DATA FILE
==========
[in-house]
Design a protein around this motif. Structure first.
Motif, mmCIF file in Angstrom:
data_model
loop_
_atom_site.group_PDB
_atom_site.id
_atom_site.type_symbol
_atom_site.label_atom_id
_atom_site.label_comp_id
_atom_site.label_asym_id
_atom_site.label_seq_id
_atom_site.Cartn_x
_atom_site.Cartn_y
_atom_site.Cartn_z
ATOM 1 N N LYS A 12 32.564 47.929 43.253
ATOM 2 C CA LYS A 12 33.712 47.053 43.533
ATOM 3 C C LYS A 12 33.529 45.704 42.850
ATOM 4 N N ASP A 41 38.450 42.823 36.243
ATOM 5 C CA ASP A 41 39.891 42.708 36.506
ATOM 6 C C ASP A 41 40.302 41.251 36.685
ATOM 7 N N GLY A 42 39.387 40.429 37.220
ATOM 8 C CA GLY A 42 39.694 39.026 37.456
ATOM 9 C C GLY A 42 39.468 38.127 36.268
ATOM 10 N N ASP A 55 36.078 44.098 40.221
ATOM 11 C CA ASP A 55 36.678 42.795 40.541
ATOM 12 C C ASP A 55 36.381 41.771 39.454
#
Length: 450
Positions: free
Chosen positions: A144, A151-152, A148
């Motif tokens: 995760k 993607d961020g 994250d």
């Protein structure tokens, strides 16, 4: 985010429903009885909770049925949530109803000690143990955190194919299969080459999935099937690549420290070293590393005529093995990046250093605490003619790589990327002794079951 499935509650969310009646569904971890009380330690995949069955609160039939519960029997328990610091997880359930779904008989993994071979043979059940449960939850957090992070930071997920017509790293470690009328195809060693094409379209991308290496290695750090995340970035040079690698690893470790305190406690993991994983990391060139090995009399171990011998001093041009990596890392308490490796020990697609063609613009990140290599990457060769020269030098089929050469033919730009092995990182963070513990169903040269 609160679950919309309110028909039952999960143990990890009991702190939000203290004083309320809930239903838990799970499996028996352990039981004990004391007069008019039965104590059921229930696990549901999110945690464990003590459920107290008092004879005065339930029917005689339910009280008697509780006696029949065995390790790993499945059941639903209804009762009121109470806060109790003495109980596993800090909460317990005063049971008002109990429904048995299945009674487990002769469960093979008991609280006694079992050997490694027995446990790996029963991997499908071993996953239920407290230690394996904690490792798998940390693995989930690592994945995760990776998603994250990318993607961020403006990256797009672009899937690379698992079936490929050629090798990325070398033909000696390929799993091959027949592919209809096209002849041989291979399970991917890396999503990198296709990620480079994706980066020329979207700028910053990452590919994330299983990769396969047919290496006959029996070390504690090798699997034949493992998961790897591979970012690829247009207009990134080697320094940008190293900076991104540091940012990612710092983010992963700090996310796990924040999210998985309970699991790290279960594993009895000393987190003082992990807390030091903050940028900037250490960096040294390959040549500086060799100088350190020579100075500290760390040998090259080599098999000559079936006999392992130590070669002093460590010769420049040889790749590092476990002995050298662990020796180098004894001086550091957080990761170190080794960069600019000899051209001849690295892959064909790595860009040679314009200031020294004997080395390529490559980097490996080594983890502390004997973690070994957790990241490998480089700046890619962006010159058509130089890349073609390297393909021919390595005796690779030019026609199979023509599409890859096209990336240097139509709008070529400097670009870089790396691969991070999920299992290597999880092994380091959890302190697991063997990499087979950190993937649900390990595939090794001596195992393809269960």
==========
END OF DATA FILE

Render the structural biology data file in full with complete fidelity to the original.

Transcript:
[in-house]
Design a protein around this motif. Structure first.
Motif, mmCIF file in Angstrom:
data_model
loop_
_atom_site.group_PDB
_atom_site.id
_atom_site.type_symbol
_atom_site.label_atom_id
_atom_site.label_comp_id
_atom_site.label_asym_id
_atom_site.label_seq_id
_atom_site.Cartn_x
_atom_site.Cartn_y
_atom_site.Cartn_z
ATOM 1 N N LYS A 12 32.564 47.929 43.253
ATOM 2 C CA LYS A 12 33.712 47.053 43.533
ATOM 3 C C LYS A 12 33.529 45.704 42.850
ATOM 4 N N ASP A 41 38.450 42.823 36.243
ATOM 5 C CA ASP A 41 39.891 42.708 36.506
ATOM 6 C C ASP A 41 40.302 41.251 36.685
ATOM 7 N N GLY A 42 39.387 40.429 37.220
ATOM 8 C CA GLY A 42 39.694 39.026 37.456
ATOM 9 C C GLY A 42 39.468 38.127 36.268
ATOM 10 N N ASP A 55 36.078 44.098 40.221
ATOM 11 C CA ASP A 55 36.678 42.795 40.541
ATOM 12 C C ASP A 55 36.381 41.771 39.454
#
Length: 450
Positions: free
Chosen positions: A144, A151-152, A148
């Motif tokens: 995760k 993607d961020g 994250d």
């Protein structure tokens, strides 16, 4: 985010429903009885909770049925949530109803000690143990955190194919299969080459999935099937690549420290070293590393005529093995990046250093605490003619790589990327002794079951 499935509650969310009646569904971890009380330690995949069955609160039939519960029997328990610091997880359930779904008989993994071979043979059940449960939850957090992070930071997920017509790293470690009328195809060693094409379209991308290496290695750090995340970035040079690698690893470790305190406690993991994983990391060139090995009399171990011998001093041009990596890392308490490796020990697609063609613009990140290599990457060769020269030098089929050469033919730009092995990182963070513990169903040269 609160679950919309309110028909039952999960143990990890009991702190939000203290004083309320809930239903838990799970499996028996352990039981004990004391007069008019039965104590059921229930696990549901999110945690464990003590459920107290008092004879005065339930029917005689339910009280008697509780006696029949065995390790790993499945059941639903209804009762009121109470806060109790003495109980596993800090909460317990005063049971008002109990429904048995299945009674487990002769469960093979008991609280006694079992050997490694027995446990790996029963991997499908071993996953239920407290230690394996904690490792798998940390693995989930690592994945995760990776998603994250990318993607961020403006990256797009672009899937690379698992079936490929050629090798990325070398033909000696390929799993091959027949592919209809096209002849041989291979399970991917890396999503990198296709990620480079994706980066020329979207700028910053990452590919994330299983990769396969047919290496006959029996070390504690090798699997034949493992998961790897591979970012690829247009207009990134080697320094940008190293900076991104540091940012990612710092983010992963700090996310796990924040999210998985309970699991790290279960594993009895000393987190003082992990807390030091903050940028900037250490960096040294390959040549500086060799100088350190020579100075500290760390040998090259080599098999000559079936006999392992130590070669002093460590010769420049040889790749590092476990002995050298662990020796180098004894001086550091957080990761170190080794960069600019000899051209001849690295892959064909790595860009040679314009200031020294004997080395390529490559980097490996080594983890502390004997973690070994957790990241490998480089700046890619962006010159058509130089890349073609390297393909021919390595005796690779030019026609199979023509599409890859096209990336240097139509709008070529400097670009870089790396691969991070999920299992290597999880092994380091959890302190697991063997990499087979950190993937649900390990595939090794001596195992393809269960």